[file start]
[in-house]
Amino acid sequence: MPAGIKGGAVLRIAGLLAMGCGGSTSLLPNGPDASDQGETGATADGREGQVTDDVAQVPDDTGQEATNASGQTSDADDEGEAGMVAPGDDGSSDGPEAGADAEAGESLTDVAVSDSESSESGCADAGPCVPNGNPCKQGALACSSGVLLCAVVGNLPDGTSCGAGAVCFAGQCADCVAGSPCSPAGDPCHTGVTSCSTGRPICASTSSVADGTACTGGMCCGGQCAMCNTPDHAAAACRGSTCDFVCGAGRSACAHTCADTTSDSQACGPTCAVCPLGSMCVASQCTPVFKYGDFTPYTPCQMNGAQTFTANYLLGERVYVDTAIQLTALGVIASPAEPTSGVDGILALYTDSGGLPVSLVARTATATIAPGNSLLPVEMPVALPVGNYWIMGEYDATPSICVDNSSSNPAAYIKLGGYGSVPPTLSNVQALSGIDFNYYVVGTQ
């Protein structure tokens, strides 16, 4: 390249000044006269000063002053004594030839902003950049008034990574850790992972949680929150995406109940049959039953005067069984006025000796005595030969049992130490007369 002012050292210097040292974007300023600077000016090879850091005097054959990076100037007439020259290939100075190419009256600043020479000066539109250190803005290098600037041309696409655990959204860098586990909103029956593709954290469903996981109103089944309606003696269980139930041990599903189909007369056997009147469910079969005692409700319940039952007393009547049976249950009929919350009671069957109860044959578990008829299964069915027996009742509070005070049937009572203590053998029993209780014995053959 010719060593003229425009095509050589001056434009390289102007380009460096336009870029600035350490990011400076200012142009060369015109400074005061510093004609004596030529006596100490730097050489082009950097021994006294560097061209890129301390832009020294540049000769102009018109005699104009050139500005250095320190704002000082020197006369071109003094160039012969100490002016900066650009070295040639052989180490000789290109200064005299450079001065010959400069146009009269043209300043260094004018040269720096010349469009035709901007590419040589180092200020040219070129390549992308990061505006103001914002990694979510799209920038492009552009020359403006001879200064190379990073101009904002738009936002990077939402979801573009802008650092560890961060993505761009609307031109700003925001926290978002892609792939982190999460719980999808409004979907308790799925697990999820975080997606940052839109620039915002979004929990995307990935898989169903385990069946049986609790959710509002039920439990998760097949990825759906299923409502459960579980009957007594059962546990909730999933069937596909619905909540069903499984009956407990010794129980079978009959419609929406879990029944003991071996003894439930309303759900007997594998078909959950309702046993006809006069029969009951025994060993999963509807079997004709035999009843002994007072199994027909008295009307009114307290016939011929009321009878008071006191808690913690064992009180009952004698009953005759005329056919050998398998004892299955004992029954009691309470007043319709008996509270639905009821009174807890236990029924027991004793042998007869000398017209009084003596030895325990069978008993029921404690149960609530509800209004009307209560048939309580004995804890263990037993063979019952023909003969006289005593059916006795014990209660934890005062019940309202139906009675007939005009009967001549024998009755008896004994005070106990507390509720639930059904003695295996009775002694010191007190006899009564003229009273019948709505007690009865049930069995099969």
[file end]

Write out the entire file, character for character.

[in-house]
Amino acid sequence: MPAGIKGGAVLRIAGLLAMGCGGSTSLLPNGPDASDQGETGATADGREGQVTDDVAQVPDDTGQEATNASGQTSDADDEGEAGMVAPGDDGSSDGPEAGADAEAGESLTDVAVSDSESSESGCADAGPCVPNGNPCKQGALACSSGVLLCAVVGNLPDGTSCGAGAVCFAGQCADCVAGSPCSPAGDPCHTGVTSCSTGRPICASTSSVADGTACTGGMCCGGQCAMCNTPDHAAAACRGSTCDFVCGAGRSACAHTCADTTSDSQACGPTCAVCPLGSMCVASQCTPVFKYGDFTPYTPCQMNGAQTFTANYLLGERVYVDTAIQLTALGVIASPAEPTSGVDGILALYTDSGGLPVSLVARTATATIAPGNSLLPVEMPVALPVGNYWIMGEYDATPSICVDNSSSNPAAYIKLGGYGSVPPTLSNVQALSGIDFNYYVVGTQ
């Protein structure tokens, strides 16, 4: 390249000044006269000063002053004594030839902003950049008034990574850790992972949680929150995406109940049959039953005067069984006025000796005595030969049992130490007369 002012050292210097040292974007300023600077000016090879850091005097054959990076100037007439020259290939100075190419009256600043020479000066539109250190803005290098600037041309696409655990959204860098586990909103029956593709954290469903996981109103089944309606003696269980139930041990599903189909007369056997009147469910079969005692409700319940039952007393009547049976249950009929919350009671069957109860044959578990008829299964069915027996009742509070005070049937009572203590053998029993209780014995053959 010719060593003229425009095509050589001056434009390289102007380009460096336009870029600035350490990011400076200012142009060369015109400074005061510093004609004596030529006596100490730097050489082009950097021994006294560097061209890129301390832009020294540049000769102009018109005699104009050139500005250095320190704002000082020197006369071109003094160039012969100490002016900066650009070295040639052989180490000789290109200064005299450079001065010959400069146009009269043209300043260094004018040269720096010349469009035709901007590419040589180092200020040219070129390549992308990061505006103001914002990694979510799209920038492009552009020359403006001879200064190379990073101009904002738009936002990077939402979801573009802008650092560890961060993505761009609307031109700003925001926290978002892609792939982190999460719980999808409004979907308790799925697990999820975080997606940052839109620039915002979004929990995307990935898989169903385990069946049986609790959710509002039920439990998760097949990825759906299923409502459960579980009957007594059962546990909730999933069937596909619905909540069903499984009956407990010794129980079978009959419609929406879990029944003991071996003894439930309303759900007997594998078909959950309702046993006809006069029969009951025994060993999963509807079997004709035999009843002994007072199994027909008295009307009114307290016939011929009321009878008071006191808690913690064992009180009952004698009953005759005329056919050998398998004892299955004992029954009691309470007043319709008996509270639905009821009174807890236990029924027991004793042998007869000398017209009084003596030895325990069978008993029921404690149960609530509800209004009307209560048939309580004995804890263990037993063979019952023909003969006289005593059916006795014990209660934890005062019940309202139906009675007939005009009967001549024998009755008896004994005070106990507390509720639930059904003695295996009775002694010191007190006899009564003229009273019948709505007690009865049930069995099969």